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wTuesday, May 20, 2003

Hey, go read the Washington Post's Editorial Page today.

You'll get an op-ed from Sen. John Edwards on reforming the medical malpractice insurance industry:
What the president's proposal won't do is work. Insurance premiums have spiked recently because of insurance companies' losses on their investments, not their losses to victims. In fact, about half the states already have some limits on victim compensation, yet premiums in states with caps average about the same as premiums in states without caps. California finally controlled rates not by attacking victims -- that didn't work -- but by reforming the insurance industry and rolling back premium increases.
He's a smart guy, if we didn't live in bizzaro world, everything he says would already be law.

Next up, Warren Buffet (the third richest man in the world, if I remember correctly) tells us that a dividend tax cut is a really bad idea:
When you listen to tax-cut rhetoric, remember that giving one class of taxpayer a "break" requires -- now or down the line -- that an equivalent burden be imposed on other parties. In other words, if I get a break, someone else pays. Government can't deliver a free lunch to the country as a whole. It can, however, determine who pays for lunch. And last week the Senate handed the bill to the wrong party.

Supporters of making dividends tax-free like to paint critics as promoters of class warfare. The fact is, however, that their proposal promotes class welfare. For my class.
I always liked the old coot. Salon had a story on him a while back that pointed out his unwillingness to change the way he did business during the 90s, which is why his company was pretty much unaffected when the bottom fell out of the economy.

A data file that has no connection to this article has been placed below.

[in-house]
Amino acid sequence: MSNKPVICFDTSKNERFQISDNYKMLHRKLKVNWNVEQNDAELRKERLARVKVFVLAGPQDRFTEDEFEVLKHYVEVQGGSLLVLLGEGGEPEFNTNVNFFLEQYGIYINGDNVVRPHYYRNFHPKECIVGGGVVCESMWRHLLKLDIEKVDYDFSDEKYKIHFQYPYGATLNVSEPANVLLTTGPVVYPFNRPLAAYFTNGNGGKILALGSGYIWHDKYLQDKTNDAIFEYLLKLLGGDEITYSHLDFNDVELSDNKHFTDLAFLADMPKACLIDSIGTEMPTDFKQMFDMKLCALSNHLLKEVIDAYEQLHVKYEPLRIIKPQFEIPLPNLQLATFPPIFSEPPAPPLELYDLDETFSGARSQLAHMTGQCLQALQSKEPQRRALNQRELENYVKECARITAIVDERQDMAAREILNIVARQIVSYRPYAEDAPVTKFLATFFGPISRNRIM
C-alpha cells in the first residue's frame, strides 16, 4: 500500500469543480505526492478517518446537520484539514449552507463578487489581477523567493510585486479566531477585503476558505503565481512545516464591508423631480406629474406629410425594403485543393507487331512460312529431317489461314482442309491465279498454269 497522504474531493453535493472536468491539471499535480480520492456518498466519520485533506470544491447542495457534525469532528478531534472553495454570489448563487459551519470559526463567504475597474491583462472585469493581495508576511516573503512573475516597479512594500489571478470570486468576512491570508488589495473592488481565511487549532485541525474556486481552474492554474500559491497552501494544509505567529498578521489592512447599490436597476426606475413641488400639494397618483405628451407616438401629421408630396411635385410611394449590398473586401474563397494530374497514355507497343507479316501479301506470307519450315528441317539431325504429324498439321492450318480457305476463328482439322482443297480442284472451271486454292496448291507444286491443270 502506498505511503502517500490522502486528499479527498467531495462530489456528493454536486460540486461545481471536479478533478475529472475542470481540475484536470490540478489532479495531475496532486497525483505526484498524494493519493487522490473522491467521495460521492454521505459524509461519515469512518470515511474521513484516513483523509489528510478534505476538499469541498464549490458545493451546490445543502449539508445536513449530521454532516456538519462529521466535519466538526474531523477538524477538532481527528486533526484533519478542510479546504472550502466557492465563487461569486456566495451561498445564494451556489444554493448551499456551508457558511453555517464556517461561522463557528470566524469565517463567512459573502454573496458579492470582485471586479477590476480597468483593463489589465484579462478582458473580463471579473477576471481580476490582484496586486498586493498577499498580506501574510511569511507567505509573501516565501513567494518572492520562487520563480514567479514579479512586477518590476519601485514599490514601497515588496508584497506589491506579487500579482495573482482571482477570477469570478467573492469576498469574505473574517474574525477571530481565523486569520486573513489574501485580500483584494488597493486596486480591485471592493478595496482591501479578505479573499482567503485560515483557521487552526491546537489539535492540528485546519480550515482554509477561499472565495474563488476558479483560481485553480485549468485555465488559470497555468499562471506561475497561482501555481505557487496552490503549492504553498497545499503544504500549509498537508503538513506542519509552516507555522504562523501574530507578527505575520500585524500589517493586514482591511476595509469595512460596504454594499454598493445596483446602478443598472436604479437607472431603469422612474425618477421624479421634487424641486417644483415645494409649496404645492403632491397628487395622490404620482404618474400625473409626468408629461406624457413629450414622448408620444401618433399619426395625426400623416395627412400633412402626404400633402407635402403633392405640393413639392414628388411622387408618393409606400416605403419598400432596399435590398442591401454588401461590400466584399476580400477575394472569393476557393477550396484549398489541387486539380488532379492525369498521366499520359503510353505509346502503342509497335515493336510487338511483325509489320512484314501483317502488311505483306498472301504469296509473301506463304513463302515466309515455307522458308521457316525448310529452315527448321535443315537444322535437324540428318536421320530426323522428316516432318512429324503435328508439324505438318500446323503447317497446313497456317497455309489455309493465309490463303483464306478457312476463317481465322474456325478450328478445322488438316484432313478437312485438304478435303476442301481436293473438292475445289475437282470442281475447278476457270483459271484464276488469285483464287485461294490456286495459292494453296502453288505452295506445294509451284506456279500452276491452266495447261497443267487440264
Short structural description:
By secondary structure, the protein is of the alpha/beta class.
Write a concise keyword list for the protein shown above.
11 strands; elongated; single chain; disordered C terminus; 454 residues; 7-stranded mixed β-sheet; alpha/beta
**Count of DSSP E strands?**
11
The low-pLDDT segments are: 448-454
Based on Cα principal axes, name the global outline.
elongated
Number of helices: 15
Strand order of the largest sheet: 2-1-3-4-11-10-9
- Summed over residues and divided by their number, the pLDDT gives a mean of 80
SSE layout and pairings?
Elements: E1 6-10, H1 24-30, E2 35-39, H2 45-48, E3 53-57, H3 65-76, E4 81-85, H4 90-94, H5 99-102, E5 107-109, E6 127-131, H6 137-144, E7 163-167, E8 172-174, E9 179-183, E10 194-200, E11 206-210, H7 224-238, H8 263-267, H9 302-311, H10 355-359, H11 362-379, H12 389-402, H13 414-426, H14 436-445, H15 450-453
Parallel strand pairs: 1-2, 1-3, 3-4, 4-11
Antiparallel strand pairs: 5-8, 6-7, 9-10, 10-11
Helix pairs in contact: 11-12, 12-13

Richard Cohen has a fairly entertaining ramble that starts off funny and then gets serious without ever suggesting a solution. I've got one.

And then E.J. goes to bat for Kerry:
That's what made Sen. John Kerry's speech yesterday about service and citizenship so interesting. Of course, no one can be against national service or patriotism. President Bush speaks often about these subjects and has appointed some good people to lead his service effort. He could have killed the AmeriCorps program, President Clinton's creation. Instead, he morphed it into his USA Freedom Corps.

True enough. But Kerry gave the service idea a new twist. Drawing from fellow Vietnam veteran John McCain's rhetoric -- Americans, Kerry said, "think elected officials no longer ask them to serve a cause larger than themselves" -- the Democratic presidential candidate cast patriotism and community-mindedness as the opposites of "get-mine and get-out rhetoric" and of "a creed of greed." These he associated with Bush's overall approach to domestic policy.

All in all, nice page today. But it doesn't make up for the fact that Krugman isn't in the New York Times this morning. =(

posted by Matthew Carroll-Schmidt at 12:16 PM

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